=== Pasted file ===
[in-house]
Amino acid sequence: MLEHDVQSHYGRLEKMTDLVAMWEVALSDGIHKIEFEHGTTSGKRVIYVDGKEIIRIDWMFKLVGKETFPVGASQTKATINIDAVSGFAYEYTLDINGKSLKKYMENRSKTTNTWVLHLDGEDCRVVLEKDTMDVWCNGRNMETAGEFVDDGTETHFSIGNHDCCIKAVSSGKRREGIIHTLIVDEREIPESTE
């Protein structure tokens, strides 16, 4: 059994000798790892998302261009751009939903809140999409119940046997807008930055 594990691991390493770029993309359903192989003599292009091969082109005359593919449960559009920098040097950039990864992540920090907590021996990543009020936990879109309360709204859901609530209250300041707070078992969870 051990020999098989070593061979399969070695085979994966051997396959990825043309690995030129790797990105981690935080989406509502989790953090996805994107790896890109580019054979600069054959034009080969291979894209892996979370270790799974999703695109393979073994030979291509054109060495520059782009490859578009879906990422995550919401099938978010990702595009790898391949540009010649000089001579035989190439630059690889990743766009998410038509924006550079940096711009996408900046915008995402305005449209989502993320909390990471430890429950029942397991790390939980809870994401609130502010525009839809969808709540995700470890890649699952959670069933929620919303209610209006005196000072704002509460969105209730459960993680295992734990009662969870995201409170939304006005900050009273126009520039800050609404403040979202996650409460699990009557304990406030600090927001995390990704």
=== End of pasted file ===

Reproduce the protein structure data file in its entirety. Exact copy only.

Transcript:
[in-house]
Amino acid sequence: MLEHDVQSHYGRLEKMTDLVAMWEVALSDGIHKIEFEHGTTSGKRVIYVDGKEIIRIDWMFKLVGKETFPVGASQTKATINIDAVSGFAYEYTLDINGKSLKKYMENRSKTTNTWVLHLDGEDCRVVLEKDTMDVWCNGRNMETAGEFVDDGTETHFSIGNHDCCIKAVSSGKRREGIIHTLIVDEREIPESTE
């Protein structure tokens, strides 16, 4: 059994000798790892998302261009751009939903809140999409119940046997807008930055 594990691991390493770029993309359903192989003599292009091969082109005359593919449960559009920098040097950039990864992540920090907590021996990543009020936990879109309360709204859901609530209250300041707070078992969870 051990020999098989070593061979399969070695085979994966051997396959990825043309690995030129790797990105981690935080989406509502989790953090996805994107790896890109580019054979600069054959034009080969291979894209892996979370270790799974999703695109393979073994030979291509054109060495520059782009490859578009879906990422995550919401099938978010990702595009790898391949540009010649000089001579035989190439630059690889990743766009998410038509924006550079940096711009996408900046915008995402305005449209989502993320909390990471430890429950029942397991790390939980809870994401609130502010525009839809969808709540995700470890890649699952959670069933929620919303209610209006005196000072704002509460969105209730459960993680295992734990009662969870995201409170939304006005900050009273126009520039800050609404403040979202996650409460699990009557304990406030600090927001995390990704």